How to Get a Better Perspective on Affordability...!

Dated: 11/03/2019

Views: 4

How to Get a Better Perspective on Affordability | MyKCM

Headlines spotlight the fact that buying a home is less affordable today than it was at any other time in more than a decade. Those headlines are accurate.

Understandably, buying a home is more expensive now than immediately following one of the worst housing crashes in American history. Over the past decade, the market was flooded with distressed properties (foreclosures and short sales) selling at 10-50% discounts. There were so many that this lowered the prices of non-distressed homes in the same neighborhoods. As a result, mortgage rates were kept low to help the economy.

Prices have since recovered. Mortgage rates have increased as the economy has gained strength. This has impacted housing affordability. However, it’s necessary to give historical context to the subject of affordability.

Two weeks ago, CoreLogic reported on what they call the “typical mortgage payment”. As they explain:

“One way to measure the impact of inflation, mortgage rates and home prices on affordability over time is to use what we call the ‘typical mortgage payment.’ It’s a mortgage-rate-adjusted monthly payment based on each month’s U.S. median home sale price. It is calculated using Freddie Mac’s average rate on a 30-year fixed-rate mortgage with a 20 percent down payment... 

The typical mortgage payment is a good proxy for affordability because it shows the monthly amount that a borrower would have to qualify for to get a mortgage to buy the median-priced U.S. home…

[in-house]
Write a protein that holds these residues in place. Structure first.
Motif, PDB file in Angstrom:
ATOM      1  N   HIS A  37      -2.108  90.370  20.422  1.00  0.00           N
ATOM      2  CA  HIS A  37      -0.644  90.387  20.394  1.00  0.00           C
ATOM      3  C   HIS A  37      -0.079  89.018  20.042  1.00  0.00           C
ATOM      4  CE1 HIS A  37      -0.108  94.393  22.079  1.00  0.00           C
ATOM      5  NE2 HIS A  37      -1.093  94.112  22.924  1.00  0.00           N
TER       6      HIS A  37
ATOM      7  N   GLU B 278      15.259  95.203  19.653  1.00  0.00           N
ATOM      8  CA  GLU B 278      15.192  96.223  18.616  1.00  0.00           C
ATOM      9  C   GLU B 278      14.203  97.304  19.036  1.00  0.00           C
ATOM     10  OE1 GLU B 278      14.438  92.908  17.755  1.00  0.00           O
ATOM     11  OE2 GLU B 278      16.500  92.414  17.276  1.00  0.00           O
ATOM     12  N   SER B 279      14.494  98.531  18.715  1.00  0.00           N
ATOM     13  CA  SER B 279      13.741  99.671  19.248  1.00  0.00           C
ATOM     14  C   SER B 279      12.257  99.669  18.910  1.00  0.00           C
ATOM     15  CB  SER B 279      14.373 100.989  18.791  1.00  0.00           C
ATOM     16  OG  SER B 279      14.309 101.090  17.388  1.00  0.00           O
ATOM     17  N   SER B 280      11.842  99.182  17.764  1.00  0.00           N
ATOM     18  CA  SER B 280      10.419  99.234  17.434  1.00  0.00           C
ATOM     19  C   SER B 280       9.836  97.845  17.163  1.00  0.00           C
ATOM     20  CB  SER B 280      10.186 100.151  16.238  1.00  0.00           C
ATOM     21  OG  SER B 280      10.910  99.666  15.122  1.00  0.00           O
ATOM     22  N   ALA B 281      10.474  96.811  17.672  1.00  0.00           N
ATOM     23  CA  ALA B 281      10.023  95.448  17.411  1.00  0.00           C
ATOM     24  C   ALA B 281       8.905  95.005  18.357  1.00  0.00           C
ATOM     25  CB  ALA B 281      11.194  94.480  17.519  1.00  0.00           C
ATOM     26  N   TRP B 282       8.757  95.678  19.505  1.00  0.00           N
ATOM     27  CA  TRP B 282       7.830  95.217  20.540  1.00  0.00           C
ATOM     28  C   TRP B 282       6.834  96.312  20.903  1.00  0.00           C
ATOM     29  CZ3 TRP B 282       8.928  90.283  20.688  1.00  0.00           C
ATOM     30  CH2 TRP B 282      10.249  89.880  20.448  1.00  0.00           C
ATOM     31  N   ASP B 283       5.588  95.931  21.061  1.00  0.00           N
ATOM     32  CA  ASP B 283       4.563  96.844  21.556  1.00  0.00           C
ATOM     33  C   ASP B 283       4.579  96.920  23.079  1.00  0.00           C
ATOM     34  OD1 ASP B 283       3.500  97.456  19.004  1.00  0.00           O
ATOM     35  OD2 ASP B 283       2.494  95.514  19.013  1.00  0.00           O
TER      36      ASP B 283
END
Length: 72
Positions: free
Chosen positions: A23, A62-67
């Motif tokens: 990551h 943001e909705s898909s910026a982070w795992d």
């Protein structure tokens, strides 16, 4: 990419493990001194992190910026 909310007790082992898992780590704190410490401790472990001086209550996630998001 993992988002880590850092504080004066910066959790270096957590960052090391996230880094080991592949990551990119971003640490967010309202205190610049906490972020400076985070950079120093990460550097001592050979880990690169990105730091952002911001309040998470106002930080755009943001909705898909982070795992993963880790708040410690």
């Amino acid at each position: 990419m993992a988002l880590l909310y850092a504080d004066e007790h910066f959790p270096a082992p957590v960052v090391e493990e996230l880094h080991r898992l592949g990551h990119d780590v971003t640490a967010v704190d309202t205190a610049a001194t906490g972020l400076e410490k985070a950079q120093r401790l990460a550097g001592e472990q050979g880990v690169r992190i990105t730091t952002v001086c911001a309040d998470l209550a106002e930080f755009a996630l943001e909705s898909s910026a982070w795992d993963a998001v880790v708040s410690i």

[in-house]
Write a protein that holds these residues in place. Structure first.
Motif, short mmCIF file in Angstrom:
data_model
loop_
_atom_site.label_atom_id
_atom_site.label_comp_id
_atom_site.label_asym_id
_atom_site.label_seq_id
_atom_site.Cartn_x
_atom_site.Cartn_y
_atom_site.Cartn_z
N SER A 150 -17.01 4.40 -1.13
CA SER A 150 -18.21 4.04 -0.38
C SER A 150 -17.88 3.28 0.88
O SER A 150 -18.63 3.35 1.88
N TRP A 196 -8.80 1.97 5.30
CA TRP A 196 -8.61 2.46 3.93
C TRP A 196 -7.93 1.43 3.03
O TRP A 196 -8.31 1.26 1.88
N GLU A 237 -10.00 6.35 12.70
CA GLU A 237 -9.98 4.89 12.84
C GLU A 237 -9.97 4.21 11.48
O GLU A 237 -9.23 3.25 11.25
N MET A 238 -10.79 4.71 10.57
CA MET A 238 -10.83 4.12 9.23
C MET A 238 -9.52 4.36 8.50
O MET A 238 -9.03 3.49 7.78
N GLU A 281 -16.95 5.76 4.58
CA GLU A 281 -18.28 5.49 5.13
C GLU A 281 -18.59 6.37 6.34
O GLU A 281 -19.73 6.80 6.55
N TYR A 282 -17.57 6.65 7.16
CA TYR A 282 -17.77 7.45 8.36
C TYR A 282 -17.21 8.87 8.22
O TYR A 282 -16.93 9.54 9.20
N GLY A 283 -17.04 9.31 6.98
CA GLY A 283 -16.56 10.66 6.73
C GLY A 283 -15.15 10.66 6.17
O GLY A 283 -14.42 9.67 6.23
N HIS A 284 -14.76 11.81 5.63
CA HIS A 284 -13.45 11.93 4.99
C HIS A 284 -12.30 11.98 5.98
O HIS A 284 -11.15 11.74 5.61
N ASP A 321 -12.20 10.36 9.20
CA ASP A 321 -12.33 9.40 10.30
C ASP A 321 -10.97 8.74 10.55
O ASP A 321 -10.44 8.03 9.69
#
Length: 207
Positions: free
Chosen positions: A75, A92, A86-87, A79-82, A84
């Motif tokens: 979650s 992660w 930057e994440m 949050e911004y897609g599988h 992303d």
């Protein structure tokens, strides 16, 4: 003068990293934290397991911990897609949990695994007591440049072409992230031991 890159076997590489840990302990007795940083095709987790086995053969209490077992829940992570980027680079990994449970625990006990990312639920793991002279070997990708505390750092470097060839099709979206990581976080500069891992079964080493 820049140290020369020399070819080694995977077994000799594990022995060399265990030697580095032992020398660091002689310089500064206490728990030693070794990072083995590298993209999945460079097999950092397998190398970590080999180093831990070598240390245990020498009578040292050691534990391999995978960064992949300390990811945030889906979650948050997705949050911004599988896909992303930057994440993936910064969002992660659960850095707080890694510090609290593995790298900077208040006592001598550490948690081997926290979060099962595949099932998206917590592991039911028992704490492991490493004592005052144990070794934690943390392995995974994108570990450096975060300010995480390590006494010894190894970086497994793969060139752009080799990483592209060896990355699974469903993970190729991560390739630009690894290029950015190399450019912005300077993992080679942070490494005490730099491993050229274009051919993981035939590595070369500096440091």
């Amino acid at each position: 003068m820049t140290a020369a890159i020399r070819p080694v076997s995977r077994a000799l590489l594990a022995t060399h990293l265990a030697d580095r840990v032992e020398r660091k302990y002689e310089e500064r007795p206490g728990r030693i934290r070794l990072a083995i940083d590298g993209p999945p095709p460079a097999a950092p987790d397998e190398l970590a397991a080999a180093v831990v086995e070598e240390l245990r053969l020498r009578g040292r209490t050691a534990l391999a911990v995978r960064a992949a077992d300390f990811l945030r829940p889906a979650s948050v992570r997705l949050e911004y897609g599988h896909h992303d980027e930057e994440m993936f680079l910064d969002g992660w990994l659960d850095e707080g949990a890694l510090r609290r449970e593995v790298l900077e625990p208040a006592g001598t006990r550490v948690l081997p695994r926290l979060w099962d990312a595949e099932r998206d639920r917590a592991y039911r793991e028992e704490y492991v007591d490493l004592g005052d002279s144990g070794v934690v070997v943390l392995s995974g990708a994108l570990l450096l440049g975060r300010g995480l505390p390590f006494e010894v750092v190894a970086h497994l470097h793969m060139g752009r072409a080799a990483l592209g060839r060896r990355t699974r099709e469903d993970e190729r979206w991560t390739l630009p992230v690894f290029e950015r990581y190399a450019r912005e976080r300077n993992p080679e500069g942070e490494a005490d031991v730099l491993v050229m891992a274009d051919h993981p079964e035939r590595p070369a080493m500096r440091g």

When adjusted for inflation, the typical mortgage payment puts homebuyers’ current costs in the proper historical context.”

Here is a graph showing the results of CoreLogic’s research:

How to Get a Better Perspective on Affordability | MyKCM

As the graph indicates, the most recent calculation remained 28% below the all-time peak of $1,275 in June 2006. That’s because the average mortgage rate at that time was 6.68%. As seen in the graph, both today’s typical payment and CoreLogic’s projection for the end of the year are less than it was in January 2000.

Bottom Line

Even though home prices are appreciating at a slower rate, home affordability will likely continue to slide. However, this does not mean that buying a house is an unattainable goal in most markets. It is still less expensive today than it was prior to the housing bubble and crash.

Blog author image

Guillaume Derouet

Born in Paris France, I moved to the United States of America in 2009 where I immediately embarked on my Real Estate career in Manhattan New York. Wanting to help people from all nationalities here an....

Latest Blog Posts

Impact of the Coronavirus on the U.S. Housing Market....!

The Coronavirus (COVID-19) has caused massive global uncertainty, including a U.S. stock market correction no one could have seen coming. While much of the news has been about the effect

Read More

Detroit Real Estate Market 2020

The 2020 housing market in detroit that May Surprise YouThis will be an interesting year for residential real estate. With a presidential election taking place this fall and talk of a possible

Read More

The Cost Across Time ...!

Some Highlights:With interest rates around 3.66%, now is a great time to look back at where they’ve been over the past few decades. Comparatively, they’re pretty low!According to 

Read More

Buyers Are Looking Now. Are You Ready to List Your Home...?

Inventory on the market today is low, especially among existing homes in the entry and middle-level tiers of the market. It is hovering well below the 6-month supply typically found

Read More